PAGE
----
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Recordset Object

A Recordset object represents the entire set of records from a base table or the results of an executed command. At any time, the Recordset object only refers to a single record within the set as the current record.


Fields, Properties


AbsolutePage, AbsolutePosition, ActiveConnection, BOF, Bookmark, CacheSize, CursorType, EditMode, EOF, Filter, LockType, MaxRecords, PageCount, PageSize, RecordCount, Source, Status


AddNew, CancelBatch, CancelUpdate, Clone, Close, Delete, GetRows, Move, MoveFirst, MoveLast, MoveNext, MovePrevious, NextRecordset, Open, Requery, Resync, Supports, Update, UpdateBatch


You can create Recordset objects independently of a previously defined Connection object by passing a connection string with the Open method. ADO still creates a Connection object, but it doesn't assign that object to an object variable. However, if you are opening multiple Recordset objects over the same connection, you should explicitly create and open a Connection object; this assigns the Connection object to an object variable. If you do not use this object variable when opening your Recordset objects, ADO creates a new Connection object for each new Recordset object, even if you pass the same connection string.

You use Recordset objects to manipulate data from a provider at the record level. When you use ADO, you manipulate data almost entirely using Recordset objects. All Recordset objects are constructed using records (rows) and fields (columns). Depending on the functionality the provider exposes, some collections, methods, or properties of a Recordset object may not be available.

You can use one of four different cursor types when opening a Recordset object:

· Dynamic cursor ¾ allows you to view additions, changes, and deletions by other users, and allows all types of movement through the Recordset that don't rely on bookmarks; allows bookmarks if the provider supports them.

· Keyset cursor ¾ behaves like a dynamic cursor, except that it prevents you from seeing records that other users add, and prevents access to records that other users delete from your recordset; always allows bookmarks and therefore allows all types of movement through the Recordset. Data changes by other users will still be visible.

· Static cursor ¾ provides a static copy of a set of records for you to use to find data or generate reports; always allows bookmarks and therefore allows all types of movement through the Recordset. Additions, changes, or deletions by other users will not be visible.

· Forward-only cursor ¾ behaves identically to a static cursor except that it allows you to scroll only forward through records. This improves performance in situations where you need to make only a single pass through a recordset.

Set the CursorType property prior to opening the Recordset object to choose the cursor type of the Recordset object. You can also pass a CursorType argument with the Open method.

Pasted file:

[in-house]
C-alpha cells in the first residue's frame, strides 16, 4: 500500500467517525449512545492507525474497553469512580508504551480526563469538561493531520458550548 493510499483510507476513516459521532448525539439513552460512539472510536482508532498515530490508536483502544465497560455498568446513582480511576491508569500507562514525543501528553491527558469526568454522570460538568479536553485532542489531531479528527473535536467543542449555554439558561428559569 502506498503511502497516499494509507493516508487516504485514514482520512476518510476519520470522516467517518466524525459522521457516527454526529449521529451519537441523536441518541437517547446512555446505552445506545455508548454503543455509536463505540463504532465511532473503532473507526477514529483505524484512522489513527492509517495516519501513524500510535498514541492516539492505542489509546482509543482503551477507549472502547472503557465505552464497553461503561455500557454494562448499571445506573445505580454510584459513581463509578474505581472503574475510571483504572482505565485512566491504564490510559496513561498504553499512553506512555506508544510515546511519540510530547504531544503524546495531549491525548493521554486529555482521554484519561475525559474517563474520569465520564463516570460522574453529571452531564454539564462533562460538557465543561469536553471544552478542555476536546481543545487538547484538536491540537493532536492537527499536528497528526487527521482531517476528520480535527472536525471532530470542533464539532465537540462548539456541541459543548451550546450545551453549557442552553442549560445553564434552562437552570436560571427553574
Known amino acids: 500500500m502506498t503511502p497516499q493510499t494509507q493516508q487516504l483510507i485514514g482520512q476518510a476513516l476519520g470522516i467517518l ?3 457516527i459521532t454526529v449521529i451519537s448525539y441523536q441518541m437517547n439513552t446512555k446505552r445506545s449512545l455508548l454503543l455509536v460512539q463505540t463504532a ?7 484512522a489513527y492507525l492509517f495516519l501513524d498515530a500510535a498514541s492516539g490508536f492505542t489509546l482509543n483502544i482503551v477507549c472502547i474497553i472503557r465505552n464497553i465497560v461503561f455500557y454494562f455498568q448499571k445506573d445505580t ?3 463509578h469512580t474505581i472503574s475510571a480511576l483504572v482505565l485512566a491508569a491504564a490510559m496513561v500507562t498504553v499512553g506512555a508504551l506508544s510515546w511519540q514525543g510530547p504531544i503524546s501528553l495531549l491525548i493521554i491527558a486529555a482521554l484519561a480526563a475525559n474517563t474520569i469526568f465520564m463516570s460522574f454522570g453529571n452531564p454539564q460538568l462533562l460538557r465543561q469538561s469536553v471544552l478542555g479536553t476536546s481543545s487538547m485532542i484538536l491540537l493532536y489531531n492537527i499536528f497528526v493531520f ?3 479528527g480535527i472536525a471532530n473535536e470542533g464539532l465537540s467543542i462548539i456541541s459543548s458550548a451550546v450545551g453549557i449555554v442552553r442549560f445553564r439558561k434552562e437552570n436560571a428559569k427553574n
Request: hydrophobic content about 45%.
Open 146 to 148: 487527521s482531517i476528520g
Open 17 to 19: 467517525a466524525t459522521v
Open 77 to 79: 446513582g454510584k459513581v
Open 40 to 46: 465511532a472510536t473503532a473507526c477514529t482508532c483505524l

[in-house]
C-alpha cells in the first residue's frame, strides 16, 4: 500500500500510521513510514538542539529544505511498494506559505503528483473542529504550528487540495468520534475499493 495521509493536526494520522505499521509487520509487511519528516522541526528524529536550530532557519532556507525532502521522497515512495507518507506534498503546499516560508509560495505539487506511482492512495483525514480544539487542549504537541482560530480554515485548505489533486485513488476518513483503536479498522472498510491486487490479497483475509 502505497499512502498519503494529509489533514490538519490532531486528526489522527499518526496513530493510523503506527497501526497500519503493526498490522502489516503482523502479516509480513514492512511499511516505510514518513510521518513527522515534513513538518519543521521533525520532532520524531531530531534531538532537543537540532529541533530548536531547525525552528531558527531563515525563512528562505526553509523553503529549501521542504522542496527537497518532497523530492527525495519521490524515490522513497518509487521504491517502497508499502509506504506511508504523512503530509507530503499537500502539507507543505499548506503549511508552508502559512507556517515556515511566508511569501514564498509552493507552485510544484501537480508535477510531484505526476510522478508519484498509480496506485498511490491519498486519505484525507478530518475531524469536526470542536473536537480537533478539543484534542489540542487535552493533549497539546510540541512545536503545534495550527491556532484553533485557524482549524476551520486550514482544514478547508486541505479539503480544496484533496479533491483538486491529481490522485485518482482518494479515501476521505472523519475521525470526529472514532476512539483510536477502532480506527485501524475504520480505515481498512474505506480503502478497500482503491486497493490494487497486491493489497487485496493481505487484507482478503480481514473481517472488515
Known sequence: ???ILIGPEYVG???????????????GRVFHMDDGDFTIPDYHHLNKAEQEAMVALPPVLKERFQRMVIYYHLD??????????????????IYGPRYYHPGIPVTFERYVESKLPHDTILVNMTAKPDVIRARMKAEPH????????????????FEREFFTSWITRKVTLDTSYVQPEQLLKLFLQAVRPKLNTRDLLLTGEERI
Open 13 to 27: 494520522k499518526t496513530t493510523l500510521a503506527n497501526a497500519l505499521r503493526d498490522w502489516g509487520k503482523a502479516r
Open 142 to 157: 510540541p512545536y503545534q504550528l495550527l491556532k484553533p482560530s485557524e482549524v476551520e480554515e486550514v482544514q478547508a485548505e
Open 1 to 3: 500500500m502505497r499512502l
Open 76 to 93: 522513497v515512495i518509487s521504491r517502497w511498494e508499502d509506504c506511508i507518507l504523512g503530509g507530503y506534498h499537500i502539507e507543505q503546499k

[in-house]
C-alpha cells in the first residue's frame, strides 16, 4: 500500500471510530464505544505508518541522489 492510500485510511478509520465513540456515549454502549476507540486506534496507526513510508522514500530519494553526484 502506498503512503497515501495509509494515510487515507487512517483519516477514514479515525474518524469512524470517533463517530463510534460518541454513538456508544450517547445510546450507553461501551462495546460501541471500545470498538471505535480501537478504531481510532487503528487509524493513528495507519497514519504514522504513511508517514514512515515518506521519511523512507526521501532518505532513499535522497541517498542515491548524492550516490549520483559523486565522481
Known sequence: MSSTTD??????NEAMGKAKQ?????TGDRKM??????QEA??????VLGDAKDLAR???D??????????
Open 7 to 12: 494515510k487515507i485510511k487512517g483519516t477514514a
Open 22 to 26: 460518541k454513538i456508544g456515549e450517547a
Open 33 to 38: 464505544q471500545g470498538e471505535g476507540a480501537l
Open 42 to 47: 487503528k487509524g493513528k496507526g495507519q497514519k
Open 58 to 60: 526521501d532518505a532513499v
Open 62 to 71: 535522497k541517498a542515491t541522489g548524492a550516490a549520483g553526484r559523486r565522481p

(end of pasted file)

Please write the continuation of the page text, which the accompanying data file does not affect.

If you don't specify a cursor type, ADO opens a forward-only cursor by default.

You can create as many Recordset objects as needed. Different Recordset objects can access the same tables and fields without conflicting.

When you create a Recordset object, the current record is positioned to the first record (if any) and the BOF and EOF properties are set to False. If there are no records, the RecordCount property setting is 0, and the BOF and EOF property settings are True. If the Recordset is closed, most properties and methods will generate an error. Check (what???) before useing.

You can use the MoveFirst, MoveLast, MoveNext, and MovePrevious methods, as well as the Move method, and the AbsolutePosition, AbsolutePage, and Filter properties to reposition the current record, assuming the provider supports the relevant functionality. Forward-only Recordset objects support only the MoveNext method. When you use the Move methods to visit each record (or enumerate the Recordset), you can use the BOF and EOF properties to see if you've moved beyond the beginning or end of the Recordset object.

Recordset objects may support two types of updating: immediate and batched. In immediate updating, all changes to data are written immediately to the underlying data source once you call the Update method. You can also pass arrays of values as parameters with the AddNew and Update methods and simultaneously update several fields in a record.

If a provider supports batch updating, you can have the provider cache changes to more than one record and then transmit them in a single call to the database with the UpdateBatch method. This applies to changes made with the AddNew, Update, and Delete methods. After you call the UpdateBatch method, you can use the Status property to check for any data conflicts in order to resolve them.

Note You should use batch updating only with either a keyset or static cursor.

See Also


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